Take up water and put down the fizzy drink!
That’s the wero (challenge) that 52 West Auckland schools have accepted, ending the consumption of sugary drinks and elevating the importance of wai (water) through a student-led approach.
“The success of the Pro Water Movement hinges on its unique approach to driving change, with school management supporting students to lead change within their own schools,” explains Healthy Families Waitākere Manager, Kerry Allan.
Early in the process, each school appointed a Leadership Group of willing students passionate about the benefits of water.
Healthy Families Waitākere then worked alongside these groups to understand why students valued water and how they would like to see it promoted within their school. This led to several school initiatives, including developing policies, inclusion in the curriculum and improving the water fountain infrastructure in schools.
The groups also completed a mapping exercise showing where their existing water fountains were located, whether they were functional, and current ‘dry spots’ – sites that were popular with students but didn’t currently have a water fountain.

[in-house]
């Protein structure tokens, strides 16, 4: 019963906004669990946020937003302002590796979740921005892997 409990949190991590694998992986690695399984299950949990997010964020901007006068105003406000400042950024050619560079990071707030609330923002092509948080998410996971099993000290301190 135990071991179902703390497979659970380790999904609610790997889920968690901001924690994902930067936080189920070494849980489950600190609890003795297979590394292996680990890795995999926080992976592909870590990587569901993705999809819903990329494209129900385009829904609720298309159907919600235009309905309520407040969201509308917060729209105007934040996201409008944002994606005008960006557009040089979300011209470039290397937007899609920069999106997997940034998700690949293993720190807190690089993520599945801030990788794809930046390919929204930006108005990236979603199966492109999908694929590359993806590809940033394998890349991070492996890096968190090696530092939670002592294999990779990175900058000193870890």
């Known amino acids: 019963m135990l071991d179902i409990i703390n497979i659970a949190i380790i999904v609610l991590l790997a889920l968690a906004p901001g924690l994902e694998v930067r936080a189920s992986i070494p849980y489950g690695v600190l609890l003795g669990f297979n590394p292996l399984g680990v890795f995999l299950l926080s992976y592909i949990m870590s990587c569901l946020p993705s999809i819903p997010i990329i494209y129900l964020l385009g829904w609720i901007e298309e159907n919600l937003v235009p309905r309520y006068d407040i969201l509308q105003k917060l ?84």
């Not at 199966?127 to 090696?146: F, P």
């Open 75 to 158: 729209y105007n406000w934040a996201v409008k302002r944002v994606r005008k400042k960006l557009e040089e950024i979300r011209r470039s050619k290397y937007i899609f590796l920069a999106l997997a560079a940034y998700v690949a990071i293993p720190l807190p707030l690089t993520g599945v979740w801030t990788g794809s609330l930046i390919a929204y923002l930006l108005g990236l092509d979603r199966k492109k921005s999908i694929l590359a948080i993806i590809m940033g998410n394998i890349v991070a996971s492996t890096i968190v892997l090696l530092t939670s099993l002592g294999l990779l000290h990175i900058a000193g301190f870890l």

“The students then presented the findings to their school management, who worked to bring these changes to life for the school. The student-led approach was well-received, with principals and teachers remarking on how great it was to see such burgeoning leadership from the student groups,” says Kerry.
Many of the initiatives highlighted water within the Te Ao Māori context, including students from Te Kura Kaupapa Māori o Hoani Waititi, who put their own spin on the water-only challenge by extending a wero (challenge) through the form of a haka, composed by a year 13 student, Tuake Pohatu. Students frequently perform it to encourage others to ditch sugary drinks and make water their first choice.
“It’s grown out from our kura, to the kohanga, to our marae and to our community, spreading the whole mindset around hauora and healthy lifestyles,” says principal Hare Rua.
The change has had a big impact on former student, Tiraroa Hetaraka. Since 2018, he has lost over 20 kilograms and been inspired to live a much more active life, regularly working out at the school’s gym.
“We used to have only one water fountain which was not in the best shape,” he says. “So it was normal for everyone to have fizzy or energy drinks instead. Now we have six new water fountains which we all use to fill up our water bottles. We’ve all taken up the challenge of drinking only water at school and you can definitely see the health benefits. It’s been pretty good for us, so no doubt it would be good for other schools too.”
The Trusts Community Foundation (TTCF) provided funding to improve the water infrastructure in the schools.